Full-frame DSLR

Image sensor

A full-frame digital SLR is a digital single-lens reflex camera fitted with an image sensor that is the same size as a 35 mm (36×24 mm) film frame. This is in contrast to cameras with smaller sensors, typically of a size equivalent to APS-C-size film (20.7×13.8 mm to 28.7×19.1 mm), much smaller than a full 35 mm frame.

Currently, the majority of digital cameras, both compact and SLR models, use a smaller-than-35 mm frame, as it is easier and cheaper to manufacture imaging sensors at a smaller size. Historically, the earliest digital SLR models, such as the Nikon NASA F4 or Kodak DCS 100, also used a smaller sensor.

If the lens mounts are compatible, many lenses, including manual-focus models, designed for 35 mm cameras can be mounted on the latest DSLR cameras. When a lens designed for a full-frame camera, whether film or digital, is mounted on a DSLR with a smaller sensor size, only the center of the lens’s image circle is captured. The edges are cropped off, which is equivalent to zooming in on the center section of the imaging area. The ratio of the size of the full-frame 35 mm format to the size of the smaller format is known as the ‘crop factor’ or ‘focal-length multiplier,’ and is typically in the range 1.3–2.0 for non-full-frame digital SLRs.

Full-frame DSLR cameras offer a number of advantages over their smaller-sensor counterparts. One advantage is that wide-angle lenses designed for full-frame 35 mm retain that same wide angle of view. On smaller-sensor DSLRs, wide-angle lenses have smaller angles of view equivalent to those of longer-focal-length lenses on 35 mm film cameras. For example, a 24 mm lens on a camera with a crop factor of 1.5 has a 62° diagonal angle of view, the same as that of a 36 mm lens on a 35 mm film camera. On a full-frame digital camera, the 24 mm lens has the same 84° angle of view as it would on a 35 mm film camera. In addition to wide-angle photography, another major advantage of full-frame cameras is pixel size. For a given number of pixels, the larger sensor allows for larger pixels or photosites that provide wider dynamic range and lower noise at high ISO levels (film speed). As a consequence, full-frame DSLRs may produce better quality images in certain high contrast or low light situations.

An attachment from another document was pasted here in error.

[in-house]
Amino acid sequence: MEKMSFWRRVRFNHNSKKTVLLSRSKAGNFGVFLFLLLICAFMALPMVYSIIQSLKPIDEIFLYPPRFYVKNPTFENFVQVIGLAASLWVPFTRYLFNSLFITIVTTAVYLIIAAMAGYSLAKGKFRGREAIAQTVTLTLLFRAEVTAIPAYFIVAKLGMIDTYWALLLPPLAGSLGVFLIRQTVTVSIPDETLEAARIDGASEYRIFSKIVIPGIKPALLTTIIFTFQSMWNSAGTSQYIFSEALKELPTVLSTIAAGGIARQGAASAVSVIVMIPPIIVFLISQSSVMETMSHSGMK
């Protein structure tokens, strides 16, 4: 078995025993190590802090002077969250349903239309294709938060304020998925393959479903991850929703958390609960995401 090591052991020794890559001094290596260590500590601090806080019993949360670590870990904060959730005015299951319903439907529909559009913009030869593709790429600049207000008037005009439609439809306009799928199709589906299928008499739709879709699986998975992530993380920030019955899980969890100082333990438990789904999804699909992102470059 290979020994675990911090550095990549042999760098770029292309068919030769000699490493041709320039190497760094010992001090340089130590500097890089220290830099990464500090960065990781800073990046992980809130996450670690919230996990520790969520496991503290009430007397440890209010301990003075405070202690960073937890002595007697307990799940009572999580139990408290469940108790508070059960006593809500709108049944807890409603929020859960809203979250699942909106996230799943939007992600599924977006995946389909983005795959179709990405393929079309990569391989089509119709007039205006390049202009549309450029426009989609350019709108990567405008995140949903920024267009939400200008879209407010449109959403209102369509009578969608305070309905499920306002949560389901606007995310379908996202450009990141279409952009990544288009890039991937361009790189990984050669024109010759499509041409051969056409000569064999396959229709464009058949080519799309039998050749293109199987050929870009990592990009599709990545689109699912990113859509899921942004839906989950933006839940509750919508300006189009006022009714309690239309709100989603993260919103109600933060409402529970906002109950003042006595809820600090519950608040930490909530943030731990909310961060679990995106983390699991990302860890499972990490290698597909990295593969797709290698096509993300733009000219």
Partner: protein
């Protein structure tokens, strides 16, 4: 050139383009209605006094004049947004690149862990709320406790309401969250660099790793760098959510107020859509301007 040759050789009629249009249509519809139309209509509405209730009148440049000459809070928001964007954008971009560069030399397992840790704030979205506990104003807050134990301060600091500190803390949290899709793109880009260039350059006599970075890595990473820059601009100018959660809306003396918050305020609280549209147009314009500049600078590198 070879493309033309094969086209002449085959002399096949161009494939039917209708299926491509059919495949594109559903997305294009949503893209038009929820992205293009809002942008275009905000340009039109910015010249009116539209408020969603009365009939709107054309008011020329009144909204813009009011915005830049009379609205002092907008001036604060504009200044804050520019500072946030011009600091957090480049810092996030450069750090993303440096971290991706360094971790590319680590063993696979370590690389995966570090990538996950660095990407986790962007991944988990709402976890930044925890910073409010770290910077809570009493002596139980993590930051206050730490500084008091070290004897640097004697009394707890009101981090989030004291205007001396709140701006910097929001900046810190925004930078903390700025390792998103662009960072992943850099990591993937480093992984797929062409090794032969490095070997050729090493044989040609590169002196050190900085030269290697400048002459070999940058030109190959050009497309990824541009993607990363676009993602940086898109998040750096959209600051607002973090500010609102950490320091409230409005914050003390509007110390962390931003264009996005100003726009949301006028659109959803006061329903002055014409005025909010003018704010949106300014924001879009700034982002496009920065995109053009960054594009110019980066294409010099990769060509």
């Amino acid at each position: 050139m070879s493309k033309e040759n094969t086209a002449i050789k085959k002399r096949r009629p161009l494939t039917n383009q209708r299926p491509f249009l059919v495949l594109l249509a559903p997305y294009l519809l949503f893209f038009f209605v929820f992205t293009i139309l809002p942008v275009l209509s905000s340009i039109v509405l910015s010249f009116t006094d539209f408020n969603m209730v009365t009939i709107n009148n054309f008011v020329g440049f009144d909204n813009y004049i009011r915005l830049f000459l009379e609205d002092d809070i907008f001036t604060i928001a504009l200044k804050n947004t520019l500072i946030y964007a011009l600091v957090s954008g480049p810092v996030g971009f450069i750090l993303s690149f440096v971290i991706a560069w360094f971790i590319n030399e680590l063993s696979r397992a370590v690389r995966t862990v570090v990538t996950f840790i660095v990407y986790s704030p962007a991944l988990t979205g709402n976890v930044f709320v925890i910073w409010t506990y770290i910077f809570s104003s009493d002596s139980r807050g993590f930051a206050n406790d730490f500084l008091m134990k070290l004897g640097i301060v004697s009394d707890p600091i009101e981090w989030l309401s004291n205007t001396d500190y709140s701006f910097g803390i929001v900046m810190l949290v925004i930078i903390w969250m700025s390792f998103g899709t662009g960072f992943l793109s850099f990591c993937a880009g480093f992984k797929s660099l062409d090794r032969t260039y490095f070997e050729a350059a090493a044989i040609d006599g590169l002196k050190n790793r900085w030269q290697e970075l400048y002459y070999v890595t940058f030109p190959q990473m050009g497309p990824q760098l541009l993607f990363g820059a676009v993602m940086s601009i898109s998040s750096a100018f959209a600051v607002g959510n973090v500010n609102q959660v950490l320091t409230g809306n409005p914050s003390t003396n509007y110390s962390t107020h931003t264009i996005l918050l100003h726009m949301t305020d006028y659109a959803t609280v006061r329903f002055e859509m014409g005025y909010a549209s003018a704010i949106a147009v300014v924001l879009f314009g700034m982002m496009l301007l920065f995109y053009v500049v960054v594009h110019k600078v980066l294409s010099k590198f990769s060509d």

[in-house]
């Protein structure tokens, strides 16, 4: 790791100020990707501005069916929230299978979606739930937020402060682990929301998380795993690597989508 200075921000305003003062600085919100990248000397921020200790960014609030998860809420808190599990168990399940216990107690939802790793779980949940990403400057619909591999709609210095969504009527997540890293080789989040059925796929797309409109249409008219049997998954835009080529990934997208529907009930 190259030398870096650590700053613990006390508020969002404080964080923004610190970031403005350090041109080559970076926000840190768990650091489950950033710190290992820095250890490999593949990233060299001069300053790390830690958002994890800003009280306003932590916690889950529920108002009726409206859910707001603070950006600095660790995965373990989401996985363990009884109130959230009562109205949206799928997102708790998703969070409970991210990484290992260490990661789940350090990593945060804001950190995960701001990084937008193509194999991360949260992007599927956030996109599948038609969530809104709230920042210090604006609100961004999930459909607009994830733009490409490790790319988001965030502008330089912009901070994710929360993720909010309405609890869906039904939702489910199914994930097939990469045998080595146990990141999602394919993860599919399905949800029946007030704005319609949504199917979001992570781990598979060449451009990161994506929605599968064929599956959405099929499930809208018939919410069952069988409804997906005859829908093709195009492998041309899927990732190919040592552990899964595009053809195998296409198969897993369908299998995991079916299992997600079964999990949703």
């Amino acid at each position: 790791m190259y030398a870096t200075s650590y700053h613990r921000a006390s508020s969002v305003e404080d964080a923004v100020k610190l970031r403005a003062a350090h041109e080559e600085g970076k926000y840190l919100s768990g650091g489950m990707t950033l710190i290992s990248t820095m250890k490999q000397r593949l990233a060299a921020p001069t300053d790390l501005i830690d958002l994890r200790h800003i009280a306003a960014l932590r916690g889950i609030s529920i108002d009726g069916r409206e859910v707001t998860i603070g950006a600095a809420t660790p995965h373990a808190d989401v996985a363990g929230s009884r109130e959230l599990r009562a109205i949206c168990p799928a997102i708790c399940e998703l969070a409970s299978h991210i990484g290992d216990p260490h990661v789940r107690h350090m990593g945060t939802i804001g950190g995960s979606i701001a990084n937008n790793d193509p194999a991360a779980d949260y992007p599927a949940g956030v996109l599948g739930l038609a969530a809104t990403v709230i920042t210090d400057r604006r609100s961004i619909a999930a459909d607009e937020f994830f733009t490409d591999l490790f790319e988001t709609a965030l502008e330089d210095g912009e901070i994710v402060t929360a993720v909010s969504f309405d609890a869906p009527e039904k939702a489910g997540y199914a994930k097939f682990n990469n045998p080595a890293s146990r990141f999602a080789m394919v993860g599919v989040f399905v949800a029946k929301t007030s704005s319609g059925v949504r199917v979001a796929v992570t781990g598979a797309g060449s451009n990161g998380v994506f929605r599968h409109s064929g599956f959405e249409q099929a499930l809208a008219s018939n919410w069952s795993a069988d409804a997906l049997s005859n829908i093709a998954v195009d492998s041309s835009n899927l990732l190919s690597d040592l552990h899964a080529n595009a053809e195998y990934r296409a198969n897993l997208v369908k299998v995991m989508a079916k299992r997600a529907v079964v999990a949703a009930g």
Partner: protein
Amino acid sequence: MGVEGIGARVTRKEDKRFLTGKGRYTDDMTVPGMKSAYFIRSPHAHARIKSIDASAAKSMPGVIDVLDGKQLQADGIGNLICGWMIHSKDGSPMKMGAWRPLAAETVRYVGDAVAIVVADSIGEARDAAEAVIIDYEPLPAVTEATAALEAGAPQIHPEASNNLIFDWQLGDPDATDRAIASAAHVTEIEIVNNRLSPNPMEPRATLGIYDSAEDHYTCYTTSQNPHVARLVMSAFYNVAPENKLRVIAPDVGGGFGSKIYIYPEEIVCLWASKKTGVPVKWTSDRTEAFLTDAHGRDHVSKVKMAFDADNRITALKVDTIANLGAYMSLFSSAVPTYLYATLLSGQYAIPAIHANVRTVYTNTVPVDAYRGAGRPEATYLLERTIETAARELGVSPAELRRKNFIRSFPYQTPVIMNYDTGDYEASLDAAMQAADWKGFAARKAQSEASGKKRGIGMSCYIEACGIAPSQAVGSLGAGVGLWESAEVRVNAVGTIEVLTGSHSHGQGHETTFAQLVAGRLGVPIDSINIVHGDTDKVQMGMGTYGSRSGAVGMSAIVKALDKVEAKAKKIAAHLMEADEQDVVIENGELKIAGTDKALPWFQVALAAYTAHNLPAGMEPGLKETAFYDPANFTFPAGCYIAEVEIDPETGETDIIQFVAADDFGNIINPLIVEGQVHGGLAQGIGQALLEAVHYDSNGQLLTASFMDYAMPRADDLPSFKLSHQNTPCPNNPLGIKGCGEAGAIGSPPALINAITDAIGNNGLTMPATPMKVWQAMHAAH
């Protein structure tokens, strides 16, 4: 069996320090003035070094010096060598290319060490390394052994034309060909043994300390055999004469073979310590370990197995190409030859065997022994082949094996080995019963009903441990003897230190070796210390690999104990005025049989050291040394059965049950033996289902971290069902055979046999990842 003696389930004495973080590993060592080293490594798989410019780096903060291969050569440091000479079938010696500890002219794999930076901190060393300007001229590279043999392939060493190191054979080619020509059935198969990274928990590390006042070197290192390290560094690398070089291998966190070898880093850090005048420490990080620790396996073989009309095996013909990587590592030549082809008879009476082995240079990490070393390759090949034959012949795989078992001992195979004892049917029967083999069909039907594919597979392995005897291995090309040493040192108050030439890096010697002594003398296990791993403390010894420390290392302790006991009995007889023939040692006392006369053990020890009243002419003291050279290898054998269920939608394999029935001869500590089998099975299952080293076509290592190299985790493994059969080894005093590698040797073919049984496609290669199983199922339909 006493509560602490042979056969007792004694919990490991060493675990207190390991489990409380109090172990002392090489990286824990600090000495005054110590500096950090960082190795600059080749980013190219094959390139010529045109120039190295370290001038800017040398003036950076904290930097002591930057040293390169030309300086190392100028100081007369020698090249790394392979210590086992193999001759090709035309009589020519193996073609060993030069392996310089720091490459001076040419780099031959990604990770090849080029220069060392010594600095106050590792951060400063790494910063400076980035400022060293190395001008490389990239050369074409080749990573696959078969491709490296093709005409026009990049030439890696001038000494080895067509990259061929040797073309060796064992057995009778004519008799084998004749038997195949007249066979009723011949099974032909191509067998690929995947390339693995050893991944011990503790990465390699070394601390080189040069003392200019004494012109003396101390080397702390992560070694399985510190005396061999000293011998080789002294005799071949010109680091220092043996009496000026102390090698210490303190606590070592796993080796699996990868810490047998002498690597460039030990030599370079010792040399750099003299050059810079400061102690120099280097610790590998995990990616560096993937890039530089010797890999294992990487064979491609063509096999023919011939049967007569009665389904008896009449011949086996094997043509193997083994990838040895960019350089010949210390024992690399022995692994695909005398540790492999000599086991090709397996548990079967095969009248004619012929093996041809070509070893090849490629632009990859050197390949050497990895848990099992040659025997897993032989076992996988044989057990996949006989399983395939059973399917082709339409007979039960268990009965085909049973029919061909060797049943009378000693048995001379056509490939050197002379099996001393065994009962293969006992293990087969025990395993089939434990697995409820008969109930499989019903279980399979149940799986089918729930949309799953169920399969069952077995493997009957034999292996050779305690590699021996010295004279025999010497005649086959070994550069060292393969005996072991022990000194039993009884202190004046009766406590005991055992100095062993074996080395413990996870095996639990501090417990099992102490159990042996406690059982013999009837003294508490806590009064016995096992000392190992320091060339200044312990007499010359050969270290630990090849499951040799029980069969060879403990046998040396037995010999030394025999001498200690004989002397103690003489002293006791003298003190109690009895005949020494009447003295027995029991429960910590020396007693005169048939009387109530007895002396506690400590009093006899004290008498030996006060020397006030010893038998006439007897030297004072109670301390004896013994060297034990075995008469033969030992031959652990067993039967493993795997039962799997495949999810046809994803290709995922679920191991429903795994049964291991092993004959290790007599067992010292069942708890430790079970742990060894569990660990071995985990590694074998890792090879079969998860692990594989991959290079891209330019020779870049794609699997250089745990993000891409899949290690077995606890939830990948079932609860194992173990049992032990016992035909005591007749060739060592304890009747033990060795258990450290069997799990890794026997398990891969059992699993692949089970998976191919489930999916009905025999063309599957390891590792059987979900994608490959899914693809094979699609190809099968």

The full-frame sensor can also be useful with wide-angle perspective control or tilt/shift lenses; in particular, the wider angle of view is often more suitable for architectural photography. While full-frame DSLRs offer advantages for wide-angle photography, smaller-sensor DSLRs offer some advantages for telephoto photography because the smaller angle of view of small-sensor DSLRs enhances the telephoto effect of the lenses. For example, a 200 mm lens on a camera with a crop factor of 1.5 has the same angle of view as a 300 mm lens on a full-frame camera. The extra ‘reach,’ for a given number of pixels, can be helpful in specific areas of photography such as wildlife or sports. This extra ‘reach’ does come with the price of some loss of shutter speed, due to the aforementioned ‘crop factor.’ Teleconverters (secondary lenses mounted between the camera and the lens) enable full-frame cameras to achieve a similar effect.

Large sensors are significantly more difficult to manufacture than smaller ones. Production costs for a full-frame sensor can exceed twenty times the costs for an APS-C sensor.

The term full-frame is also used to refer to a type of charge-coupled device sensor technology in which the sensor elements occupy the entire sensor surface rather than sharing space with associated pixel storage sites. The use of full-frame CCDs is typically restricted to digital SLRs since they require the use of a mechanical shutter and do not output a continuous image. The two uses of the term full-frame are not otherwise related.

In 35 mm cinema cameras, the terms full-frame and half-frame were used to distinguish the 24 × 36 mm and 18 × 24 mm film formats; the half-frame 35 mm film format is also known as single-frame in movie film, and as a result, full-frame film cameras were sometimes known as double-frame.

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